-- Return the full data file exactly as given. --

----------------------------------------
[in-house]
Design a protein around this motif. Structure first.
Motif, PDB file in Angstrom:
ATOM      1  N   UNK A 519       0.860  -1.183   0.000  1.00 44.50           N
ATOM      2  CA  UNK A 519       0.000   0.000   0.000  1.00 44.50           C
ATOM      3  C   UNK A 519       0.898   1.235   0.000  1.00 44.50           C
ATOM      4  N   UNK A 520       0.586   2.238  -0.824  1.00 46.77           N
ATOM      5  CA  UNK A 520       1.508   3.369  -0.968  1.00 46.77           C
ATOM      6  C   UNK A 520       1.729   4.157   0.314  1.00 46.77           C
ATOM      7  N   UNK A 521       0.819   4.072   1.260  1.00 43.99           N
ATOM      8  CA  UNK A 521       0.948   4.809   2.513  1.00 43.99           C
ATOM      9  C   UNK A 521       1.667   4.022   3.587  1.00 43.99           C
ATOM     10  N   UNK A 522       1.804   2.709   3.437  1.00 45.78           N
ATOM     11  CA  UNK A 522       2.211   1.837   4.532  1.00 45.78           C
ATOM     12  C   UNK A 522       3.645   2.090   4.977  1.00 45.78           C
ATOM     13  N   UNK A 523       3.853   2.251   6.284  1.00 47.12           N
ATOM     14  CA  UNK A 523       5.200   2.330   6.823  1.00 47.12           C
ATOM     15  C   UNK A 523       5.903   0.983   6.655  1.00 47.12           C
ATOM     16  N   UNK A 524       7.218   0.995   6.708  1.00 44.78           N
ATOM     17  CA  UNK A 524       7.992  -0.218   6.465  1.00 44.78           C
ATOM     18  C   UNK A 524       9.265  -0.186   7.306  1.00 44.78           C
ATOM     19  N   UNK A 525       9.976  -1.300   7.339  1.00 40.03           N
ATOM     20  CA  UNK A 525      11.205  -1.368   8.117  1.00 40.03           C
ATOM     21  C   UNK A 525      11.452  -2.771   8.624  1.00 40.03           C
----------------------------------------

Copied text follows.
[in-house]
Design a protein around this motif. Structure first.
Motif, PDB file in Angstrom:
ATOM      1  N   UNK A 519       0.860  -1.183   0.000  1.00 44.50           N
ATOM      2  CA  UNK A 519       0.000   0.000   0.000  1.00 44.50           C
ATOM      3  C   UNK A 519       0.898   1.235   0.000  1.00 44.50           C
ATOM      4  N   UNK A 520       0.586   2.238  -0.824  1.00 46.77           N
ATOM      5  CA  UNK A 520       1.508   3.369  -0.968  1.00 46.77           C
ATOM      6  C   UNK A 520       1.729   4.157   0.314  1.00 46.77           C
ATOM      7  N   UNK A 521       0.819   4.072   1.260  1.00 43.99           N
ATOM      8  CA  UNK A 521       0.948   4.809   2.513  1.00 43.99           C
ATOM      9  C   UNK A 521       1.667   4.022   3.587  1.00 43.99           C
ATOM     10  N   UNK A 522       1.804   2.709   3.437  1.00 45.78           N
ATOM     11  CA  UNK A 522       2.211   1.837   4.532  1.00 45.78           C
ATOM     12  C   UNK A 522       3.645   2.090   4.977  1.00 45.78           C
ATOM     13  N   UNK A 523       3.853   2.251   6.284  1.00 47.12           N
ATOM     14  CA  UNK A 523       5.200   2.330   6.823  1.00 47.12           C
ATOM     15  C   UNK A 523       5.903   0.983   6.655  1.00 47.12           C
ATOM     16  N   UNK A 524       7.218   0.995   6.708  1.00 44.78           N
ATOM     17  CA  UNK A 524       7.992  -0.218   6.465  1.00 44.78           C
ATOM     18  C   UNK A 524       9.265  -0.186   7.306  1.00 44.78           C
ATOM     19  N   UNK A 525       9.976  -1.300   7.339  1.00 40.03           N
ATOM     20  CA  UNK A 525      11.205  -1.368   8.117  1.00 40.03           C
ATOM     21  C   UNK A 525      11.452  -2.771   8.624  1.00 40.03           C